Thursday, August 29, 2013

"Tears" by Lizette Woodworth Reese

WHEN I consider Life and its few years— 
A wisp of fog betwixt us and the sun; 
A call to battle, and the battle done 
Ere the last echo dies within our ears; 
A rose choked in the grass; an hour of fears;         5
The gusts that past a darkening shore do beat; 
The burst of music down an unlistening street,— 
I wonder at the idleness of tears. 
Ye old, old dead, and ye of yesternight, 
Chieftains, and bards, and keepers of the sheep,  10
By every cup of sorrow that you had, 
Loose me from tears, and make me see aright 
How each hath back what once he stayed to weep: 
Homer his sight, David his little lad!

I've just come upon this poet and am much impressed. I intend to look for and read more of her work.

Here is another, which I don't fully understand:

In Time of Grief

Dark, thinned, beside the wall of stone,
The box dripped in the air;
Its odor through my house was blown
Into the chamber there.

Remote and yet distinct the scent,
The sole thing of the kind,
As though one spoke a word half meant
That left a sting behind.

I knew not Grief would go from me,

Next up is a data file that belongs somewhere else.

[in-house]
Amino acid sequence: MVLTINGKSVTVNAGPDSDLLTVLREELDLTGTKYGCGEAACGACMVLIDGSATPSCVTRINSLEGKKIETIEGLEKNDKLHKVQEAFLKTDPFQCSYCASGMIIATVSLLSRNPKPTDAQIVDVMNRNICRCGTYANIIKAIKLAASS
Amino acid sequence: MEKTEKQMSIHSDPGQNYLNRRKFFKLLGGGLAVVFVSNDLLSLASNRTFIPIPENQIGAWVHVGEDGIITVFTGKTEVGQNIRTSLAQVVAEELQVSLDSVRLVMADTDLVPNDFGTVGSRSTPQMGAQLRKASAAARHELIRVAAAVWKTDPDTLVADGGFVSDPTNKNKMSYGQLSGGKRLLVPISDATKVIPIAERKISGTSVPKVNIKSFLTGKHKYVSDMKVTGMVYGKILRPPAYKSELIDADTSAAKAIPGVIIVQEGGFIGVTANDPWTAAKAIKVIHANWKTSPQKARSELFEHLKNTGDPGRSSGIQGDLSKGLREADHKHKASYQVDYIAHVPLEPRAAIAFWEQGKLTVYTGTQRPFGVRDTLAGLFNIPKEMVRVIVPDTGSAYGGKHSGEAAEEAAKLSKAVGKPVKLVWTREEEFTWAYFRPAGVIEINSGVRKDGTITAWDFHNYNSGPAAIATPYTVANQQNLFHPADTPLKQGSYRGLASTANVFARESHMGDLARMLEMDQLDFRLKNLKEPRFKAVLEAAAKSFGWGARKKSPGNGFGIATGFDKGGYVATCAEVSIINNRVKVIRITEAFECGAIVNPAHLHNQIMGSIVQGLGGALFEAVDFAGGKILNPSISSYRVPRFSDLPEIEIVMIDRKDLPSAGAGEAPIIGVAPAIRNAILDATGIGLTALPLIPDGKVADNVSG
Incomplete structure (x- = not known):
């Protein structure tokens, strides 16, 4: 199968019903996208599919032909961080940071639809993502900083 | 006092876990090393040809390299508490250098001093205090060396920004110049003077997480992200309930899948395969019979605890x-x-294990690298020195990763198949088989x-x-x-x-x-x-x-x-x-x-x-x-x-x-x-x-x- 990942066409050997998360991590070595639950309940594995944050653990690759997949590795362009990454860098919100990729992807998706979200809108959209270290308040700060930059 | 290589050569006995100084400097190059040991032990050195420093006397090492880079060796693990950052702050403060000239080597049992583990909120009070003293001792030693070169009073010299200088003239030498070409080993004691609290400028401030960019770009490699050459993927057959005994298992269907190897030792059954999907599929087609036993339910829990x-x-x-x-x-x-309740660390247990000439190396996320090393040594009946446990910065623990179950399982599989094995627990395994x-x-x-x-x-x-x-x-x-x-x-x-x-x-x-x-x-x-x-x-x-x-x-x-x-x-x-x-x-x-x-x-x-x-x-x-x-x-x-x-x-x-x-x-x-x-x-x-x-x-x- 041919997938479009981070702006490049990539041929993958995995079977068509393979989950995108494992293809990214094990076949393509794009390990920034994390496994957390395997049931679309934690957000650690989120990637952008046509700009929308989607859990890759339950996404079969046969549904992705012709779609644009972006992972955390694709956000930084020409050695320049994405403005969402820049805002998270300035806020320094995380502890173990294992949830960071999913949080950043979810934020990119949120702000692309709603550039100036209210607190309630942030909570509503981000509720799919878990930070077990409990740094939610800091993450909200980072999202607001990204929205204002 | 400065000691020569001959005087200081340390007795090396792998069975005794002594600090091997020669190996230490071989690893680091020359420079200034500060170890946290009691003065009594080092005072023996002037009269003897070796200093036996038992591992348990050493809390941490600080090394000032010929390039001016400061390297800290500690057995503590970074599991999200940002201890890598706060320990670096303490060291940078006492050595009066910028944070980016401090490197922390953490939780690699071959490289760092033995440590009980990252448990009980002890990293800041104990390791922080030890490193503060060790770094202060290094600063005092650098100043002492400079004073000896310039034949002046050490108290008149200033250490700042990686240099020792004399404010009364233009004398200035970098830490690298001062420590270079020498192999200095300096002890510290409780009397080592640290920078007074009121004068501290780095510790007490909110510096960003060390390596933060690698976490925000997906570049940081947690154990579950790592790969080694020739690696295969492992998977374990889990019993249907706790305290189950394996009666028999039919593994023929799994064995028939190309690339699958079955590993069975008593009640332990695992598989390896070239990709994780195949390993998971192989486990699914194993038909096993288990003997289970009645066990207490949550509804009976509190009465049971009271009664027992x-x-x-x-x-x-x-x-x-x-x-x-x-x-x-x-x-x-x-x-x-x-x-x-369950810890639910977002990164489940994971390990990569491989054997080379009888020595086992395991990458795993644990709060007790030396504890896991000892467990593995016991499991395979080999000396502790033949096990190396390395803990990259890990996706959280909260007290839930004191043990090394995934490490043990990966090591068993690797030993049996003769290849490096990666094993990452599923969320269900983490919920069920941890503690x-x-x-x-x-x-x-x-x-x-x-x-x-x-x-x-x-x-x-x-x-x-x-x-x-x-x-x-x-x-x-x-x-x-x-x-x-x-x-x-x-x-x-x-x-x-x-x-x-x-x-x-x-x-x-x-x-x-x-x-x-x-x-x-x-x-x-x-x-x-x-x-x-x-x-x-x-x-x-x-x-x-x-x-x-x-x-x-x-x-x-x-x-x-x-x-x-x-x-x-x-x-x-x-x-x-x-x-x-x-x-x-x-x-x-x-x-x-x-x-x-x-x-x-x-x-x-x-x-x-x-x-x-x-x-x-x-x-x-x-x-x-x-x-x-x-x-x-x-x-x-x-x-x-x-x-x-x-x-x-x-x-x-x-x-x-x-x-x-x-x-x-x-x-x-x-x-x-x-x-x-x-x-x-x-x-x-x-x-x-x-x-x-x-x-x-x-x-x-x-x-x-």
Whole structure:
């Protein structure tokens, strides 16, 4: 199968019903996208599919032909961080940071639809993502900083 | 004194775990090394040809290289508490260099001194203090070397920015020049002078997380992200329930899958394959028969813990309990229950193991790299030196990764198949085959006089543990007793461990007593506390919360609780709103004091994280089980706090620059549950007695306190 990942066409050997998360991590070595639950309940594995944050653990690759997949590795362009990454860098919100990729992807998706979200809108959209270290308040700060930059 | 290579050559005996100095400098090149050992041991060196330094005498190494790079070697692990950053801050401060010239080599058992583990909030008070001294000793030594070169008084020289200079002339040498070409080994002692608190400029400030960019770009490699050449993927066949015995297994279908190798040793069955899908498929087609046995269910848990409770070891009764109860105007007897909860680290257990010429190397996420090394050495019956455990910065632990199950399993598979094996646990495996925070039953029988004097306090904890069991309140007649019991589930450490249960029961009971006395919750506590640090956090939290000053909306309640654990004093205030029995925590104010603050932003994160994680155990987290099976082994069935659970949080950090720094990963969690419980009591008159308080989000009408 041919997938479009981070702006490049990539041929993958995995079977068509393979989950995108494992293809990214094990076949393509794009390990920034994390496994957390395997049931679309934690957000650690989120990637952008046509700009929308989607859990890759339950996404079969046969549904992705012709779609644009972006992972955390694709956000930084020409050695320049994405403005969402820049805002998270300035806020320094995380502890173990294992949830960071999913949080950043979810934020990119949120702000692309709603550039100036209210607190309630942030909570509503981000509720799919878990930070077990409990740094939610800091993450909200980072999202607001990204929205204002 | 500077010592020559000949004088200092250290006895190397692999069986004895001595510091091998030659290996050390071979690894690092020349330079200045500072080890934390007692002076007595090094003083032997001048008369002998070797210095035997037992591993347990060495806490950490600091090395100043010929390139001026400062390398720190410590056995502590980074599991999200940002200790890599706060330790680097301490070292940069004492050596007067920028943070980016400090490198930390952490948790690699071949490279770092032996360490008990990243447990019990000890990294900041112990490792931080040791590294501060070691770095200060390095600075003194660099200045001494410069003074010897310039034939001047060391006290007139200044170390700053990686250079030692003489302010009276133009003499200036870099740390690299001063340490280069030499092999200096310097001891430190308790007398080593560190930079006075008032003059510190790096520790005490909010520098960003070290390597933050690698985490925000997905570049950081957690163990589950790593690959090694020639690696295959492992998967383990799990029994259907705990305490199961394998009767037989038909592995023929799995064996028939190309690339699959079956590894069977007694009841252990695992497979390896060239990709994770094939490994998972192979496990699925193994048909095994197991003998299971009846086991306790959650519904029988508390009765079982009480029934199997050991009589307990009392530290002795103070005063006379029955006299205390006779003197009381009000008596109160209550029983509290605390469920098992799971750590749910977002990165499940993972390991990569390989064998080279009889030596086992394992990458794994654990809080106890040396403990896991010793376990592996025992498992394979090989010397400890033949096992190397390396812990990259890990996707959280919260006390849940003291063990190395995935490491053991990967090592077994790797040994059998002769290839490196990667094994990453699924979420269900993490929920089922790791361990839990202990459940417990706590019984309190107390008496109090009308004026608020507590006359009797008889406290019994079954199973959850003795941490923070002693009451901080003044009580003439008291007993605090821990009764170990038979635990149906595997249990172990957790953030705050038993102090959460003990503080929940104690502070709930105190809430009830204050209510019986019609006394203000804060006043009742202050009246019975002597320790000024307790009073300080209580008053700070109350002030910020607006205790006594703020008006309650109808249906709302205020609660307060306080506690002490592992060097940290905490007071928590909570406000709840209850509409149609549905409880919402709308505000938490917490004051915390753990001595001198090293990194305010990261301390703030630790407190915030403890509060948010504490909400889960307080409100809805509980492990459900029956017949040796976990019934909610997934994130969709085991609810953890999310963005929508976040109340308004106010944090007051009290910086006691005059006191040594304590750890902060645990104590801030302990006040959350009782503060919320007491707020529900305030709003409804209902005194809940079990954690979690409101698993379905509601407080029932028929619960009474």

And naught of it be plain,
Except how keen the box can be
After a fall of rain.

Readers, I admit my ignorance: Why does the box have a strong scent? How is the box related to the speaker's grief?

And yet it's a beautiful poem.

A Song for Candlemas

There’s never a rose upon the bush,
And never a bud on any tree;
In wood and field nor hint nor sign
Of one green thing for you or me.
Come in, come in, sweet love of mine,
And let the bitter weather be!
Coated with ice the garden wall;
The river reeds are stark and still;
The wind goes plunging to the sea,
And last week’s flakes the hollows fill.
Come in, come in, sweet love, to me,
And let the year blow as it will!


William Luse said...

"Why does the box have a strong scent?"

There's a body in it?

Lydia McGrew said...

I thought of that, but it doesn't seem correct. For one thing, who keeps a coffin with a body in it sitting around indefinitely in the back yard and sending out a stench when it rains? For another thing, the smell of a dead body is hardly "remote." It's pretty potent.

She has another whole book of poetry called Spicewood. Perhaps it's some kind of wood that has a spicy smell. In that case, the connection to her grief is just unexplained, though.

Anonymous said...

'For one thing, who keeps a coffin with a body in it sitting around...'

Don't Ask Lydia.
Don't ask.


Lydia McGrew said...

You guys are being pretty grim. :-) I still think it's just some kind of wood with a scent of its own, like cedar or something, that has some association in the speaker's mind with the dead person.

Anyway, I think the sonnet "Tears" is top-notch, and I just asked my public library interlibrary loan to get a book of her selected poetry for me.

Lydia McGrew said...

This is another good one:


NOW since they plucked them for your grave,
And left the garden bare
As a great house of candlelight,
Oh, nothing else so fair!

I knew before that they were white,
In April by a wall,
A dozen or more. That people died
I did not know at all.